Apple access to Indonesia before WTO; China also a problem
By DAN WHEAT
WENATCHEE, Wash. -- Exports of Washington apples to Indonesia are down 50 percent for the season -- and 70 percent since November -- with the only apparent recourse being through the World Trade Organization, the Washington Apple Commission was told.
Closure of China is another big issue.
Indonesia is pursuing protectionist policies against imports of many items from many countries as it heads into its 2014 presidential election, Mark Powers, vice president of the Northwest Horticultural Council, told apple commissioners March 28.
Season-to-date sales to Indonesia as of March 15 was 575,000 boxes of apples versus 1.1 million a year ago while 2.5 million, mainly Red Delicious, has been the annual norm, said Todd Fryhover, commission president. The policies involve quotas, licensing and cold storage mandates on importers, all of which violate free trade, he said.
The policies also have hurt U.S. table grapes, citrus fruit and frozen french fries.
Diplomacy hasn't worked so the Office of the U.S. Trade Representative in January initiated a WTO consultation, which was unsuccessful in February, Powers said. Now the USTR is seeking a WTO panel, and resolution could take more than a year, he said.
Indonesians produce no apples and like smaller Red Delicious, for which U.S. marketers need customers, Fryhover said.
Indonesia, China and India have great potential because of their growing middle classes who want quality, he said. China's middle class is about 500 million people, he said.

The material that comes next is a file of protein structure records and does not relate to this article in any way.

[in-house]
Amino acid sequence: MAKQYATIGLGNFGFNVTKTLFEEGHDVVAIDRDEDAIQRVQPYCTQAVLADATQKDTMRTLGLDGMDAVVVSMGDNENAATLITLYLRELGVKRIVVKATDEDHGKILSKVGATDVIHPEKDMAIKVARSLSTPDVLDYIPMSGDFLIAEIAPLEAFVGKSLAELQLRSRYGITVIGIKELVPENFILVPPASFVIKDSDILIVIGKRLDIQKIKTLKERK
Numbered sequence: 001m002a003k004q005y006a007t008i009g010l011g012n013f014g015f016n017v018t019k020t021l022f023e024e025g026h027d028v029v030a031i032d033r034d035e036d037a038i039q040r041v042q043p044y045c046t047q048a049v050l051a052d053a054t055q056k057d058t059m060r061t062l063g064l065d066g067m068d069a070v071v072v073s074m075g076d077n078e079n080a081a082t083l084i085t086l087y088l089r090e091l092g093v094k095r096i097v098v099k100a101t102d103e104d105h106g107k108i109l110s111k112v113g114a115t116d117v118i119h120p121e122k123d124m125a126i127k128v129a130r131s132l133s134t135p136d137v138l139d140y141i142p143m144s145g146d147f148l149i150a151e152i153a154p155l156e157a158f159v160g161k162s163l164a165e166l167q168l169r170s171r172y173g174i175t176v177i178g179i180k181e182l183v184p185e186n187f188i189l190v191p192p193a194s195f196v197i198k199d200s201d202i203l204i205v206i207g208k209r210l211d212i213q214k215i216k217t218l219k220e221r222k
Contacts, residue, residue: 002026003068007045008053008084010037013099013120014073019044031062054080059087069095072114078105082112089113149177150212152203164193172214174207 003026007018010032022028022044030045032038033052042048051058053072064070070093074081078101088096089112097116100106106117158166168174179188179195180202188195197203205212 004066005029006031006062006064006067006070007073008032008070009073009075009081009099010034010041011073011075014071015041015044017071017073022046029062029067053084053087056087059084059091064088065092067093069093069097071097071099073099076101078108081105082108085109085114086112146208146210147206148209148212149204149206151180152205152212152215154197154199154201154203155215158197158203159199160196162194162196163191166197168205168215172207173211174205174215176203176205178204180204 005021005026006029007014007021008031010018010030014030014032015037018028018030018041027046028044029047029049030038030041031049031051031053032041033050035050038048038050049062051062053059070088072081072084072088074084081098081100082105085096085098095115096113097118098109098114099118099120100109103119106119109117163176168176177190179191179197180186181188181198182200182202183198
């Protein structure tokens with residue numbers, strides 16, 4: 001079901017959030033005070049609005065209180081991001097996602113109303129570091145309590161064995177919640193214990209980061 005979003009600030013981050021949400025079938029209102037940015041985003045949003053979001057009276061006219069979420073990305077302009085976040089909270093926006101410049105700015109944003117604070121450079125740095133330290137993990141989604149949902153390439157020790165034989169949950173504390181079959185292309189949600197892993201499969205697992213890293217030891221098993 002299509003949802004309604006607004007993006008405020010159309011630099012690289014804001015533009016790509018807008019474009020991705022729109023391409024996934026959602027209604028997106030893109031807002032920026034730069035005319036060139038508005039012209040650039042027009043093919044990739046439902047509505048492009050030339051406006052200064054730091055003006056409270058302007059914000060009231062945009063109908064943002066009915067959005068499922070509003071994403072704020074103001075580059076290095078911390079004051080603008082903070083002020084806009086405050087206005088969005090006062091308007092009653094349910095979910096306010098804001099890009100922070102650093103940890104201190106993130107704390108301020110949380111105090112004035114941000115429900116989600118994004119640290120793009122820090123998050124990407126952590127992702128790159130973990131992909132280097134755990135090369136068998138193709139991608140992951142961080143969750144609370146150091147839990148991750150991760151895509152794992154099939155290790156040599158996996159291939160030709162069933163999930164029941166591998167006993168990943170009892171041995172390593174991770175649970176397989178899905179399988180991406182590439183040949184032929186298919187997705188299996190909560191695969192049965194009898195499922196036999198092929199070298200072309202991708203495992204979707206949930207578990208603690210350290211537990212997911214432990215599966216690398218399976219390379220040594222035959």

China cut off imports of U.S. apples last August alleging post-harvest diseases.
When Chinese officials visited Washington in December they found some disease symptoms in orchards and some disease in packing sheds, said Jim Archer, manager of Northwest Fruit Exporters.
"In my opinion these are not serious quarantine issues. There is no question they were present in some loads but in every interception I've called the packer who said there had been no problem with samples," Archer said.
"The notices came a month after the fact and the Chinese did not reject the fruit," he said. "So it's a mysterious process and I think (related to) their effort to get their Fuji in here (accepted into the U.S.). It's as simple as that."
Had there been legitimate issues the Chinese would have done something years ago, he said.
The USDA's Animal and Plant Health Inspection Service has made a counterproposal to China's proposal to reopen the market. APHIS has requested full U.S. varietal apple access into China and may have a pest risk analysis done this fall in the process of potentially allowing Chinese Fuji into the U.S., Archer said.
Archer and Fryhover said they discussed the issue with Rebecca Bech, a deputy administrator of APHIS, a week earlier in Washington, D.C.
"She said China has dug in and their primary issue is access for their apples," Archer said.
"China is an unknown. We know demand and money is there," Fryhover said. "No one in this room can tell you what the future is today."